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Internationales Literaturfestival Berlin in Marzahn

Mendel Adenauer, already known to Möring readers from his debut novel "Mendel", is a psychiatrist faced with the mysterious case of a man found wandering. Drawing an arc from the Middle Ages to the present, Marcel Möring - "one of the most important European storytellers of his generation" [Die Welt] - takes up the motif of the Wandering Jew as well as the legend of the Book of Raziel, which Adam is said to have received after the expulsion from paradise.

Marcel Möring
Marcel Möring © Keke Keukelaar

Translation: Helga van Beuningen

Biography Marcel Möring [Netherlands]

Marcel Möring was born in Enschede in 1957. He made his debut in 1990 with the novel "Mendels erfenis" (Engl. "Mendel," 2003), for which he was awarded the Geertjan Lubberhuizenprijs, the most important debut prize in the Netherlands. Protagonist Mendel Adenauer, who shares the author's birth year and Jewish origins, has heard his family's stories from an early age: fully assimilated, they lived as respected citizens in a small Dutch town until they were deported to Eastern Europe during the Nazi era. Mendel's mother and grandparents survived the Holocaust and then returned to the Netherlands. Mendel suffers from feelings of guilt not atypical of the Holocaust-survivor generation, and when his grandparents and mother die in quick succession, he falls into a deep psychological crisis. Other titles from Marcel Möring's extensive oeuvre, whose main themes are the past and remembering, responsibility and guilt, have also appeared in German translation, including the novel "DIS" (2006; Engl. "Der nächtige Ort," 2009), which was awarded the F. Bordewijk-prijs for the best Dutch novel of the year. Set in the 1980s in the small Dutch town of Assen, Holocaust survivor Jakob Noach takes stock of his life on a warm summer night. After the war, he has achieved prosperity and recognition as an entrepreneur. But the way he appears to the outside world does not resonate within him. With its multiple perspectives, the novel also tells the story of the Jewish intellectual Marcus Kolpa, who was once in love with Jacob's daughter. In 2022, Marcel Möring's two most recent novels, "Eden" (2016) and "Amen" (2019), appeared in German translation. "Amen" tells the story of Samuel Hagenau, an archaeologist at the former Nazi transit camp Westerbork who has recently been abandoned by his wife. While walking in the woods, he discovers a burned-out car including a body. It turns out that the man is a former member of the RAF - in whose terror the protagonist sees a reaction to the repressed guilt of the Nazi perpetrator generation. "Loss of love, guilt, rage - individual, political and historical. Marcel Möring turns a big wheel and connects a whole series of complex questions in his slim, risk-taking novel," found WDR. "Eden" provides readers with a reunion with Mendel Adenauer. Now working as a psychiatrist, he is confronted with the mysterious case of a man who is found wandering in the forest and disappears again. By linking two storylines, Marcel Möring creates an arc from the Middle Ages to the present day, taking up the motif of the Wandering Jew as well as the legend of the Book of Raziel, which Adam is said to have received from the hands of an angel after his expulsion from paradise. Marcel Möring lives in Rotterdam.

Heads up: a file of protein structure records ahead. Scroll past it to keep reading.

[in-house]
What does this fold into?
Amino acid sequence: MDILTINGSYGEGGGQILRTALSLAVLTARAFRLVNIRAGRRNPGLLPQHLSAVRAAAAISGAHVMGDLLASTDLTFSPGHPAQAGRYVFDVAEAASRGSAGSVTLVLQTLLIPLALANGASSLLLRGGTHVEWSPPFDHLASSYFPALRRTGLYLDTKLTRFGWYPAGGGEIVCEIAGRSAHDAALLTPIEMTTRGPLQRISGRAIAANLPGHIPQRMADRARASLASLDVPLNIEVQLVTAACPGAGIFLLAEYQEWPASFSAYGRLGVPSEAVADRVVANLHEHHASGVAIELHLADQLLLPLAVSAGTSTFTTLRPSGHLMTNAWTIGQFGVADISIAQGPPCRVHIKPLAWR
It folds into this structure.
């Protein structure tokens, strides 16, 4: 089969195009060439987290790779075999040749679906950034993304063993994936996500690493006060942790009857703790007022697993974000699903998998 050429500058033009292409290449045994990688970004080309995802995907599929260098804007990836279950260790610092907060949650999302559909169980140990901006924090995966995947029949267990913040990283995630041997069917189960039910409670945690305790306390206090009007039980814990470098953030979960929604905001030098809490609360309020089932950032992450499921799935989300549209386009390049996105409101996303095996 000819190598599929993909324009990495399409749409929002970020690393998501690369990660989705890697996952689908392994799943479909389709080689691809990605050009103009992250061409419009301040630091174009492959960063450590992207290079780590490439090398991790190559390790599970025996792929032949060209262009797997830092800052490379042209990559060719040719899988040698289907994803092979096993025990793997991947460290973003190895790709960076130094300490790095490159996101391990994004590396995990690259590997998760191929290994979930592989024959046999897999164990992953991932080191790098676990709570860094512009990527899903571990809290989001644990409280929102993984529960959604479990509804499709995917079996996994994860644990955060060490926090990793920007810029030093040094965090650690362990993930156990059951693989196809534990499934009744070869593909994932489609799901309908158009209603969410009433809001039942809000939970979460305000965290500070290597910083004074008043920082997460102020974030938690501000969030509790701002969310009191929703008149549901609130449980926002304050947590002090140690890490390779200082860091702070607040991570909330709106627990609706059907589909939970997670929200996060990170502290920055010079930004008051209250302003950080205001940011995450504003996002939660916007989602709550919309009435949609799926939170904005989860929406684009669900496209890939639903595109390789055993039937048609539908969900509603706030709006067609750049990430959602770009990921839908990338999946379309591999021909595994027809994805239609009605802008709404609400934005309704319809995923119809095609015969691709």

• Mendel (Luchterhand Literaturverlag, Munich, 2003, tr: Helga van Beuningen)
  • The Nocturnal Place (Luchterhand Literaturverlag, Munich, 2009, tr: Helga van Beuningen)
  • Eden (Luchterhand Literaturverlag, Munich, 2022, t: Helga van Beuningen)
  • Amen (Luchterhand Literaturverlag, Munich, 2022, t: Helga van Beuningen)
Additional information
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Bezirkszentralbibliothek "Mark Twain"